Study Finds Links Between Cyberbullying and Adolescent Depression

June 28, 2013 at 2:26 PM

cyberbullying

A new study in the Journal of Adolescent Health reports that teenagers who experience cyberbullying are more likely to develop negative responses such as depression and addictive behaviors.

The study's lead author, Dr. Manuel Gamez-Guadix of the University of Deusto in Spain, said that it is important to understand how cyberbullying impacts adolescent health.  While many adolescents both become cyberbullying victims and also bully others themselves, those that experience cyberbullying attacks for six months or longer are more likely to experience problems such as depression or substance abuse.

Interestingly, the correlation between cyberbullying and depression worked in both directions.  Teens who experienced cyberbullying were more likely to become depressed, but depressed teens were also more likely to become cyberbullying victims.  Bullying can cause depression, but depressed teens may also display loner or antisocial behaviors that can make them attractive targets for bullies.

Bullying is not a new phenomenon, but as teens increasingly live their lives online the proliferation of social media can make the threats and insults of bullying much more permanent and visible.  Parents can help by monitoring their child's online activity, but parents also need to be engaged in their child's real-world life.  Particularly as the media continues to draw the connection between cyberbullying and suicide, children and adolescents may internalize the message that self-harm is a natural response to becoming a victim.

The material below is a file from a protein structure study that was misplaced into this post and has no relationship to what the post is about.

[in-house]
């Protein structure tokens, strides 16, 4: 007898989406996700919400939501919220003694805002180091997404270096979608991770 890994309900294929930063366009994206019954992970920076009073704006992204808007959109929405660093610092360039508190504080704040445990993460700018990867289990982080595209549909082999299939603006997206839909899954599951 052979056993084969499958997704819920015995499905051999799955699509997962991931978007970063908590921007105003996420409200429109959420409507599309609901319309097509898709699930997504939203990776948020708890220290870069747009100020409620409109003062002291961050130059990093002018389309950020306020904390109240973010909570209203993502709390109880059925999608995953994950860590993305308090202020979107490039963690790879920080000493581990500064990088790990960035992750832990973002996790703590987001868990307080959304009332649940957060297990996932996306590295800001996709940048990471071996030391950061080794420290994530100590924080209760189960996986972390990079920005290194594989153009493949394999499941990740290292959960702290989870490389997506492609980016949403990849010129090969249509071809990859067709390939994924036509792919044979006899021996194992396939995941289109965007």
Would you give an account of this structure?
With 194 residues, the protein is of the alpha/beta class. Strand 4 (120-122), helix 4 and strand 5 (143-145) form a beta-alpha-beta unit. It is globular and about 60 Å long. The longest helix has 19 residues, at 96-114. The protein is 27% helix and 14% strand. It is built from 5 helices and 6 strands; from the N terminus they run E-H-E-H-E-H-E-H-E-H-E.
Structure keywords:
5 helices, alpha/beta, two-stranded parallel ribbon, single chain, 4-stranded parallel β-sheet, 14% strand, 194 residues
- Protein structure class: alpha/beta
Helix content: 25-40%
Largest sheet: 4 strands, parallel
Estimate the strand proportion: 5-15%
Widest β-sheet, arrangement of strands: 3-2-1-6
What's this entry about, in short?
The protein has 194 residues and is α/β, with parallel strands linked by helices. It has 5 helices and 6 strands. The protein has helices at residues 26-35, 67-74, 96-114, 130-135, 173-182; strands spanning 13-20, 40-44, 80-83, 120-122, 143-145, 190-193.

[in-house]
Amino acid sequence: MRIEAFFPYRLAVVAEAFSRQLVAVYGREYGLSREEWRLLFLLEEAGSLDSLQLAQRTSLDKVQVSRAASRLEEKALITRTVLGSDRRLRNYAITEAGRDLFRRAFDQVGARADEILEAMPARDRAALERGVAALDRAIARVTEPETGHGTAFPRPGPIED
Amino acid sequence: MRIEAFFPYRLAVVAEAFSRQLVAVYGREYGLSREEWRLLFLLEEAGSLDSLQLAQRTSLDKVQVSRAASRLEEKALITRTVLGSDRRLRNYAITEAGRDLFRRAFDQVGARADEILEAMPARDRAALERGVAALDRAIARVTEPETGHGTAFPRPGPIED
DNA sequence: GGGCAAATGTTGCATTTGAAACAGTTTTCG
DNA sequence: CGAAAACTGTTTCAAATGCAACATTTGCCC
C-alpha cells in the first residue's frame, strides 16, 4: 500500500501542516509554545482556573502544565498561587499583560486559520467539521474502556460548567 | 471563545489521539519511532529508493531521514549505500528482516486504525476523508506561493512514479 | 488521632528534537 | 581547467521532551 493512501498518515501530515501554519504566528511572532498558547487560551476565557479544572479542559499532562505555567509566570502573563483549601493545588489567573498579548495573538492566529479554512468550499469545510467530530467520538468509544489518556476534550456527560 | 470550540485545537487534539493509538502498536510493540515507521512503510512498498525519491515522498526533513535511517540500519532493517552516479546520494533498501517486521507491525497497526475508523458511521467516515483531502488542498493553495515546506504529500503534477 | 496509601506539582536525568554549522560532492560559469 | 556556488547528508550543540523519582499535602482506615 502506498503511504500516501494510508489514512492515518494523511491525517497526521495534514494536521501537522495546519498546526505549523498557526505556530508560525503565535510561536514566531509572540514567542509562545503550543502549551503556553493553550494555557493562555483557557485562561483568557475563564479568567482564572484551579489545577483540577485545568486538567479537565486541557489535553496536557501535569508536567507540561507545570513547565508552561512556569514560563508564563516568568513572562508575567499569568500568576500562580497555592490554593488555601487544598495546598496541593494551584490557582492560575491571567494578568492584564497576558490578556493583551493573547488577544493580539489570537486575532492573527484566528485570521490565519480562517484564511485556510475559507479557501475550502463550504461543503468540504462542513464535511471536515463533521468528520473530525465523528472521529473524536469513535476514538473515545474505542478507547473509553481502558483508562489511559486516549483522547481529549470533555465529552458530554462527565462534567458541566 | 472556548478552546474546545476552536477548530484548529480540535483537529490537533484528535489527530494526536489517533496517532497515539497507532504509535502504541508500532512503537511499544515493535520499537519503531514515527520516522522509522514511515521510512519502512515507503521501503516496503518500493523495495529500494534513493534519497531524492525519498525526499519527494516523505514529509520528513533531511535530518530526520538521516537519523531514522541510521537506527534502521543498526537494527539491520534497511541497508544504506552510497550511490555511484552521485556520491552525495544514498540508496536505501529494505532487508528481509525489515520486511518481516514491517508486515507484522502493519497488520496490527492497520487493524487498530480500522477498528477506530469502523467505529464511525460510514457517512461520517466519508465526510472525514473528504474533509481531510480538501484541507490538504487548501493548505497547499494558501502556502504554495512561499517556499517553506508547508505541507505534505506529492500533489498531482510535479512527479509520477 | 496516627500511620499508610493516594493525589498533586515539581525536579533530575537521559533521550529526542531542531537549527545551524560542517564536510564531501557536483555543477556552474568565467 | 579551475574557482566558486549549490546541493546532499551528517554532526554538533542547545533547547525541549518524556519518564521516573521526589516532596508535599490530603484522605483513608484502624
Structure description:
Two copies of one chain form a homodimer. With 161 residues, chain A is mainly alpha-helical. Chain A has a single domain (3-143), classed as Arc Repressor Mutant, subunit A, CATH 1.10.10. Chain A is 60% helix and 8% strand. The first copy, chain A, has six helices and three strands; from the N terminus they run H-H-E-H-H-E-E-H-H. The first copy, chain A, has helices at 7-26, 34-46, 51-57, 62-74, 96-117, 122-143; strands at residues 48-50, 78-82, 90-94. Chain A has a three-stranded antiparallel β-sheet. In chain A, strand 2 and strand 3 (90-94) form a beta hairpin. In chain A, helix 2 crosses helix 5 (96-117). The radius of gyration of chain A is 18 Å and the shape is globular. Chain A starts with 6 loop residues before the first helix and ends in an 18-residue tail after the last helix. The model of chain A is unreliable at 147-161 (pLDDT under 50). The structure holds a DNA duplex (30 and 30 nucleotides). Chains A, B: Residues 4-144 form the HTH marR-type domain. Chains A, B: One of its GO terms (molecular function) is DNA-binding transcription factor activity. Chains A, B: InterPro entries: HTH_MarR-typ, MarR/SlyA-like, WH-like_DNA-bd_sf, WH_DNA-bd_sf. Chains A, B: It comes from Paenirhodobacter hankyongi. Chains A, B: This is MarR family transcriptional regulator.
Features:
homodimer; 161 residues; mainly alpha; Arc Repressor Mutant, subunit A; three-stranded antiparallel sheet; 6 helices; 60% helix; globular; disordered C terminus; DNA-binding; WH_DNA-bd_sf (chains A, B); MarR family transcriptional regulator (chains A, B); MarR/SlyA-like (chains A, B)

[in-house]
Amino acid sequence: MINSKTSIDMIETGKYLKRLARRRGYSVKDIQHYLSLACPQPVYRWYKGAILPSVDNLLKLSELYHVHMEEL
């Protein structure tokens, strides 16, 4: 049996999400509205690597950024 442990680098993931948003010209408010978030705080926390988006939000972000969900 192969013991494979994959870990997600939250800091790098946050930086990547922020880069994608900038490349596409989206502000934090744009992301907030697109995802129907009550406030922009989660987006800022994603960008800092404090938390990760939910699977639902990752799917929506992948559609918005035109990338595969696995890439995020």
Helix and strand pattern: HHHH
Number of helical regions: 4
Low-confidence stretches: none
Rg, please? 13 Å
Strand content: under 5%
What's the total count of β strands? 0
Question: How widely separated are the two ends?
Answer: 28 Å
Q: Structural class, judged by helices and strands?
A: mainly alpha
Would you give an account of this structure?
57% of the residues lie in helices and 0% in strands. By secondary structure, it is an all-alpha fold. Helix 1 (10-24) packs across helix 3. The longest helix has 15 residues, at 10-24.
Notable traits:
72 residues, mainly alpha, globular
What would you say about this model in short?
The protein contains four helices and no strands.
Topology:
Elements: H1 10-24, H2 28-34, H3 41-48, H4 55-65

One way parents can help is by helping their children develop resilience. Resilience is is the ability to "bounce back" after a negative experience. Whether it's having losing a pet, not making the team, or experiencing cyberbullying, the ability to recover and move on after a negative experience is a vital life skill. Research has shown that relationships are key to developing resilience.  In fact, one strong relationship with a caring adult can be enough to transform how children and teenagers respond to all risk factors.  Monitoring your children's online activity is important, but it's absolutely critical for them to also get the message that you care. 

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Steven Woda

Posted by Steven Woda

Steve Woda is the co-founder and CEO of uKnow, and a leader in the Internet safety and security field for over 15 years. He frequently speaks on the topics of Internet and mobile security, ecommerce and information economics. You can follow Steve on Twitter or on his blog.

Topics: digital parenting, cyberbullying, Parental Intelligence, parental monitoring, Internet Safety, victims of cyberbullying, Spying vs Engaging, health & wellbeing

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